4. Examples and Applications

In this section, we give some examples to verify the radius of univalency and starlikeness obtained by Theorems 10 and 11.

Example 1. Consider class with .

By Theorem 10, we obtain the radius of univalency of class given by Now, we consider the sharpness example function defined in (22) with and ; that is,Obviously, is locally univalent on because at outside the open disk . By applying Theorem 10, function is univalent on . Moreover, Figure 2 shows the image of with maximum circumferences and . Figure 2(a) demonstrates that function is a univalent and starlike function on . On the other hand, is not a univalent on (see Figure 2(b)).

Figure 2: The image of with maximum circumferences (a) and (b) on the polynomial defined in (36).

Another example is in case with ; that is,We see that is not locally univalent at , for with . Figure 3 shows that function defined in (37) is univalent and starlike on which contains the open disk from Theorem 10. That is, the example shows that radius in Theorem 10 is only the sufficient condition for univalency and starlikeness but it is not necessary condition due to function defined in (37).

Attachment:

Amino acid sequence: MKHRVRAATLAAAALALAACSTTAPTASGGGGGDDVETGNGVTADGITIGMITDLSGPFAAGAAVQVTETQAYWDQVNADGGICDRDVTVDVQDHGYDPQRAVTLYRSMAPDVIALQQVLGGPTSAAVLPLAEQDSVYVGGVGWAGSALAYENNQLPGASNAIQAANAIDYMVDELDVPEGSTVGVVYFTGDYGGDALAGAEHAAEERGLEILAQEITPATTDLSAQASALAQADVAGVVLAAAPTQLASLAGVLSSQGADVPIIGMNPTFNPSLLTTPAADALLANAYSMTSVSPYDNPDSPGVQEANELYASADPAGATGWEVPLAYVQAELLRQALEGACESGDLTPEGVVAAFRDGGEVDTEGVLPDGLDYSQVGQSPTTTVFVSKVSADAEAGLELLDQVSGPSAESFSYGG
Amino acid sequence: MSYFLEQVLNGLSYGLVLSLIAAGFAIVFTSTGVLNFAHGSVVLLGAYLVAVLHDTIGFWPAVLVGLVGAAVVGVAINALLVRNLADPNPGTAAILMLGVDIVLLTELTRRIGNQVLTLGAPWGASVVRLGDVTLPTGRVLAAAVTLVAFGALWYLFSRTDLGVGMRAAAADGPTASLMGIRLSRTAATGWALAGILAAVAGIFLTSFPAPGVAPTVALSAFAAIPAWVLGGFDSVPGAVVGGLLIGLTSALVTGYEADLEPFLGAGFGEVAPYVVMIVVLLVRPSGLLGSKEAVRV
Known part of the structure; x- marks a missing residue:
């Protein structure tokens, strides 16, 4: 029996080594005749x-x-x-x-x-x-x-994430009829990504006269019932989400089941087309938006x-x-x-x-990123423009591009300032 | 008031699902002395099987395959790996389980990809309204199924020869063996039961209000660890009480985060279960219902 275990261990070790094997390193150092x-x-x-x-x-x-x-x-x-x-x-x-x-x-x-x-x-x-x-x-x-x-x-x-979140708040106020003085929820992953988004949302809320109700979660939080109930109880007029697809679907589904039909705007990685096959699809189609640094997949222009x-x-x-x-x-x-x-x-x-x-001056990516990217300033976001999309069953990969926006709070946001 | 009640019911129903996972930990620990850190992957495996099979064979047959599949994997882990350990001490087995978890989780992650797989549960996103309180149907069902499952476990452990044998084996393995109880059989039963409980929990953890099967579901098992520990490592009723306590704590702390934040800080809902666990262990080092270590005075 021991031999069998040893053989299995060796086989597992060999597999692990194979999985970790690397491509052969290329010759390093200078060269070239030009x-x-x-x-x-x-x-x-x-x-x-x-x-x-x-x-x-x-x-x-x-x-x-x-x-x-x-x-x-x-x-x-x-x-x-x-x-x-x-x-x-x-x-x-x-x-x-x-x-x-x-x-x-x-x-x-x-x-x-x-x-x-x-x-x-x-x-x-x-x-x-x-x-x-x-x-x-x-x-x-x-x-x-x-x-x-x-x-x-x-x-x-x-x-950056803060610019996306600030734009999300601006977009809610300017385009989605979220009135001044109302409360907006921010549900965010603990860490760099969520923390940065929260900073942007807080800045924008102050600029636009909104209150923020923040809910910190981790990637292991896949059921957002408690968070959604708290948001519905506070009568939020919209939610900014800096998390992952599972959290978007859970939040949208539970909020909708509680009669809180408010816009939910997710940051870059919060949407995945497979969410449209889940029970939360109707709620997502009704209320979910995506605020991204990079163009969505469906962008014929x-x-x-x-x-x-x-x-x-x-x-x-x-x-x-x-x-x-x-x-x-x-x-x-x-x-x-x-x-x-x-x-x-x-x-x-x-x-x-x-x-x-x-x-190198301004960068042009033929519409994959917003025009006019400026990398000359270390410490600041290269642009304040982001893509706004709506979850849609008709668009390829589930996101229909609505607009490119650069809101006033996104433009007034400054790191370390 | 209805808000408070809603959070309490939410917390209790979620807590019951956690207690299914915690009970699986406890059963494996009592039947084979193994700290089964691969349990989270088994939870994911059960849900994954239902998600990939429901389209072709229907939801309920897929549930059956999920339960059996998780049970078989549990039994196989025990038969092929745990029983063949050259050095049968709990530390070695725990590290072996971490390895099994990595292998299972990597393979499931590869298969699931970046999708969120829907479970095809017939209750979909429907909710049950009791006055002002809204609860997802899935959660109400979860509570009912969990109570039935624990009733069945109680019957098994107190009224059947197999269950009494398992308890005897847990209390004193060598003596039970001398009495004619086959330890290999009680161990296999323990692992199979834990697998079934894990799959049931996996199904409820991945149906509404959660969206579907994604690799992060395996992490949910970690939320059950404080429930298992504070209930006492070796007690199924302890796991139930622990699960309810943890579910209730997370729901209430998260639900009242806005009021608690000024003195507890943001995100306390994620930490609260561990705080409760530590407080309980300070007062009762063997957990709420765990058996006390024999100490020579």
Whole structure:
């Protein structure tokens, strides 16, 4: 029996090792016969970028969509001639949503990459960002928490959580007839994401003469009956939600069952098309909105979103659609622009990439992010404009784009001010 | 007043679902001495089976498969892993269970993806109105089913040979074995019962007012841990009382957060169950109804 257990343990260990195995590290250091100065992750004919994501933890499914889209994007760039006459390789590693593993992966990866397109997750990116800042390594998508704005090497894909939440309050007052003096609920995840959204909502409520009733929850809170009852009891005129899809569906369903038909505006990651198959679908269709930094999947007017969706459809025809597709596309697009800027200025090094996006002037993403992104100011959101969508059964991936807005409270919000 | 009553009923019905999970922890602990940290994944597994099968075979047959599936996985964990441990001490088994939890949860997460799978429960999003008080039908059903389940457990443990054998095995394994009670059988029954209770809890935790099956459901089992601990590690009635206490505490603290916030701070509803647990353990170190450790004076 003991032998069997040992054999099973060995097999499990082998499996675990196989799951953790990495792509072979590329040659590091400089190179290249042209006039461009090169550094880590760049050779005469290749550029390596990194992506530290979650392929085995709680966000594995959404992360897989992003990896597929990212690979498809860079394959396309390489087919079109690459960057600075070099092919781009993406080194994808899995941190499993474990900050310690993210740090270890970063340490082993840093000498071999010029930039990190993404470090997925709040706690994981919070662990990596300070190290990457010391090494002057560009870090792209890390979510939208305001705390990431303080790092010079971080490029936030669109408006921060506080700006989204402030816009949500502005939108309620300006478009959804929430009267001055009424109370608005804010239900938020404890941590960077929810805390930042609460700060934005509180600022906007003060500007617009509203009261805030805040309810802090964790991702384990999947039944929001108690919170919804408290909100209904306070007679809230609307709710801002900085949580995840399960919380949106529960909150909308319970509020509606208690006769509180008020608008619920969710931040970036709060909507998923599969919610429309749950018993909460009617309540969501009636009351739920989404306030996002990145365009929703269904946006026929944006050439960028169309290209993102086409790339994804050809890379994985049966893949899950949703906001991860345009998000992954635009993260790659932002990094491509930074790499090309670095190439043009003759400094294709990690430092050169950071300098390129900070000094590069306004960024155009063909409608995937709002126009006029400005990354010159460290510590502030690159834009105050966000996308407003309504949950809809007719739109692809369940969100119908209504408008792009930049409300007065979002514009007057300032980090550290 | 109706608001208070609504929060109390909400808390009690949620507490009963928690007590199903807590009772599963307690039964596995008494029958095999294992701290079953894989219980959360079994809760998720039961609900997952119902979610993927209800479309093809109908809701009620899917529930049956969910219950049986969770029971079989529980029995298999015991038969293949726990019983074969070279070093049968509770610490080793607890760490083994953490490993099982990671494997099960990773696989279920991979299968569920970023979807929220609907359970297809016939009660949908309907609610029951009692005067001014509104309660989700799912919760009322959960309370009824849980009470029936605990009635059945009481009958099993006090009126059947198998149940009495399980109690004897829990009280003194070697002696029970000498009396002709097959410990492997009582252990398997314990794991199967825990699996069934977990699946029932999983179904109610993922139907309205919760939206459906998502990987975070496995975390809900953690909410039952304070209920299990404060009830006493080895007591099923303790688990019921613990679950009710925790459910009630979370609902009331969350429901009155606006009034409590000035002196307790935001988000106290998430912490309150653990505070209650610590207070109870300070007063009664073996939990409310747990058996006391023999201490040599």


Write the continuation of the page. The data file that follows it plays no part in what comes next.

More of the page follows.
Figure 3: The image of with maximum circumferences under the polynomial defined in (37).

The next example is the class of -starlike functions of order .

Example 2. Consider class with .

In this example, we also set . For , by Theorem 10, we obtain the radius of univalency of class given byHowever, function defined in (22) with and , that is,is locally univalent on which contains the open disk . Then it seems that function is univalent and starlike on as demonstrated by Figure 4(a). Also function defined in (22) with and , that is,is locally univalent on and it seems that function is univalent and starlike on as demonstrated by Figure 4(b).

Figure 4: The image of with maximum circumferences (a) and (b) on the polynomial defined in (39) and (40), respectively.

Competing Interests

The authors declare that they have no conflict of interests.

Acknowledgments

This research was supported by Department of Mathematics, Faculty of Science, Chiang Mai University.